There is an exception to the well-pleaded complaint rule "when a federal statute wholly displaces the state-law cause of action through complete preemption." Aetna Health Inc. v. Davila, 542 U.S. 200, 207 (2004) (quoting Beneficial Nat'l Bank v. Anderson, 539 U.S. 1, 8 (2003) (internal quotation marks omitted)). Removal of such a claim is appropriate because, "`[w]hen the federal statute completely [preempts] the state law cause of action, a claim which comes within the scope of that cause of action, even if pleaded in terms of state law, is in reality based on federal law.'" Id. (quoting Beneficial Nat'l Bank, 539 U.S. at 8); see also Met. Life Ins. Co. v. Taylor, 481 U.S. 58 (1987) ("Congress may so completely preempt a particular area that any civil complaint raising this select group of claims is necessarily federal in character."). Even if a complaint does not refer to federal law, a federal statute that completely preempts a field effectively "`recharacterizes' preempted state law claims as `arising under' federal law for the purposes of making removal available to the defendant." McClelland, 155 F.3d at 516; see also Giles v. NYLCare Health Plans, Inc., 172 F.3d 332, 337 n.7 (5th Cir. 1999).


A. ERISA Preemption

ERISA may preempt state law claims in one of two ways. See Giles, 172 F.3d at 336 (citing McClelland, 155 F.3d at 507), overruled in part on other grounds by Arana v. Ochsner Health Plan, 338 F.3d 433, 440 n.11 (5th Cir. 2003). First, it may "occupy a particular field, resulting in complete preemption under [ERISA] § 502(a), 29 U.S.C. § 1132(a)." Giles, 172 F.3d at 336 (citing Met. Life Ins., 481 U.S. at 58; McClelland, 155 F.3d at 516-17); see also Arana, 338 F.3d at 437. "[C]omplete preemption exists when a remedy falls within the scope of or is in direct conflict with ERISA § 502(a), and therefore is within the jurisdiction of federal court." McGowin v. Man Power Int'l, Inc., 363 F.3d 556, 559 (5th Cir. 2004). ERISA § 502(a) provides several causes of action that may be brought by an ERISA plan beneficiary, participant, the Secretary of Labor, or plan administrator or fiduciary. Any state cause of action that seeks the same relief as a cause of action authorized by ERISA § 502(a), "regardless of how artfully pleaded as a state action," is completely preempted. Giles, 172 F.3d at 337. But only when ERISA § 502(a) completely preempts a state law claim does it raise a federal question providing a basis for removal jurisdiction. Giles, 172 F.3d at 336-37.

The second form of ERISA preemption is known as "ordinary" or "conflict" preemption. It exists when ERISA provides an affirmative defense to state law claims and involves ERISA § 514(a), 29 U.S.C. § 1144(a). Giles, 172 F.3d at 337. Section 514(a) provides that ERISA "shall supersede any and all State laws insofar as they may now or hereafter relate to any employer benefit plan." The Fifth Circuit in Giles made clear that the existence of conflict preemption under § 514 of ERISA does not create an exception to the well-pleaded complaint rule. "`State law claims [that] fall outside the scope of ERISA's civil enforcement provision § 502, even if preempted by § 514(a), are still governed by the well-pleaded complaint rule and, therefore, are not removable under the complete-preemption principles established in Metropolitan Life.'" Id. (quoting Dukes v. U.S. Healthcare, Inc., 57 F.3d 350, 355 (3d Cir. 1995)); see also Franchise Tax Board, 463 U.S. at 23-27 (explaining that even though ERISA § 514(a) may preclude enforcement of a state law claim, removal of a claim that falls outside the scope of ERISA § 502(a) is inappropriate). Thus, the mere presence of conflict preemption does not raise a federal question. Instead of "transmogrifying a state cause of action into a federal one—as occurs with complete preemption—conflict preemption serves as a defense to a state action." Giles, 172 F.3d at 337 (citing Soley v. First Nat'l Bank of Commerce, 923 F.2d 406, 407-08 (5th Cir. 1991)).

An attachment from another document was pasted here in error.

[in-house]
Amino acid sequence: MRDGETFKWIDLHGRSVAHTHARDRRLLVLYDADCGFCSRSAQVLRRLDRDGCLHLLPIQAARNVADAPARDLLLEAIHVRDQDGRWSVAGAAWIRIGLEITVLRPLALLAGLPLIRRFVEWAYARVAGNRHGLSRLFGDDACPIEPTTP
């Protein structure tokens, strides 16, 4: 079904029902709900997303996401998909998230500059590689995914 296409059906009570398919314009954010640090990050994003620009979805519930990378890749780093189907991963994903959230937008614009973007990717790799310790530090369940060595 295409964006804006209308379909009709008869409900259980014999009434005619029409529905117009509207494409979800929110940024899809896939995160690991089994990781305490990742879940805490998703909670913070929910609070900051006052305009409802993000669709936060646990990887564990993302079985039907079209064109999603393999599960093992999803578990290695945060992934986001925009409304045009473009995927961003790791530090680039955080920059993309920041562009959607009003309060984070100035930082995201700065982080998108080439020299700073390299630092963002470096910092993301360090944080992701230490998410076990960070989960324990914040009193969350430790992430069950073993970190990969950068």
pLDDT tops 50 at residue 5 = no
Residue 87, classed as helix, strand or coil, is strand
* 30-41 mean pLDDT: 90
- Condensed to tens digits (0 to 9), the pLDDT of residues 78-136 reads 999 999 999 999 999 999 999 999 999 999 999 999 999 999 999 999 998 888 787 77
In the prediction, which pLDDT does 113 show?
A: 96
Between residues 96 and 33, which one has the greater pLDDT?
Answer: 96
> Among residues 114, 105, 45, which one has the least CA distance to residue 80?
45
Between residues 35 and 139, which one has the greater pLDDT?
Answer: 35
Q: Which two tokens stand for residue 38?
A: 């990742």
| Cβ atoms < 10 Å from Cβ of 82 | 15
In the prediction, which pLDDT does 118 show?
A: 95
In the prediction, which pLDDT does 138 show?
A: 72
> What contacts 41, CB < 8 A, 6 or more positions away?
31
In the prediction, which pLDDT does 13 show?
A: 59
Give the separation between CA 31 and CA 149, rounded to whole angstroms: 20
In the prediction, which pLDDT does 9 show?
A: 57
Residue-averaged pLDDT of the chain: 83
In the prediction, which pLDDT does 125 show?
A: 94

In order for a district court to exercise removal jurisdiction, complete preemption must exist. "When the doctrine of complete preemption does not apply, but the plaintiff's state claim is arguably preempted under § 514(a), the district court, being without removal jurisdiction, cannot resolve the dispute regarding preemption." Id. State law causes of action are completely preempted by ERISA when: (1) an individual, at some point in time, could have brought the claim under ERISA, and (2) there is no legal duty independent of ERISA or the plan terms that is implicated by the defendant's actions. Davila, 542 U.S. at 209-210.

1. ERISA § 502(a)(1)(B)

Defendant relies primarily on § 502(a)(1)(B) in support of complete preemption. That section states that a "participant" or "beneficiary" may bring a civil action "to recover benefits due to him under the terms of his plan, to enforce his rights under the terms of the plan, or to clarify his rights to future benefits under the terms of the plan. . . ." 29 U.S.C. § 1132(a)(1)(B). To have standing to bring a claim under § 502(a)(1)(B) a plaintiff must be a "participant" or "beneficiary" of an ERISA plan. 29 U.S.C. § 1132(a)(1)(B). Additionally, the Fifth Circuit has held that a medical provider may have standing to bring a claim under § 502(a)(1)(B)—as a "participant" or "beneficiary"—by virtue of a valid assignment. Dallas Cty. Hosp. Dist. v. Associates' Health & Welfare Plan, 293 F.3d 282, 285 (5th Cir. 2002). ERISA defines a "participant" as "any employee or former employee of an employer, or any member or former member of an employee organization, who is or may become eligible to receive a benefit of any type from an employee benefit plan which covers employees of such employer or members of such organization, or whose beneficiaries may be eligible to receive any such benefit." 29 U.S.C. § 1002(7). "Beneficiary" means "a person designated by a participant, or by the terms of an employee benefit plan, who is or may become entitled to a benefit thereunder." 29 U.S.C. § 1002(8).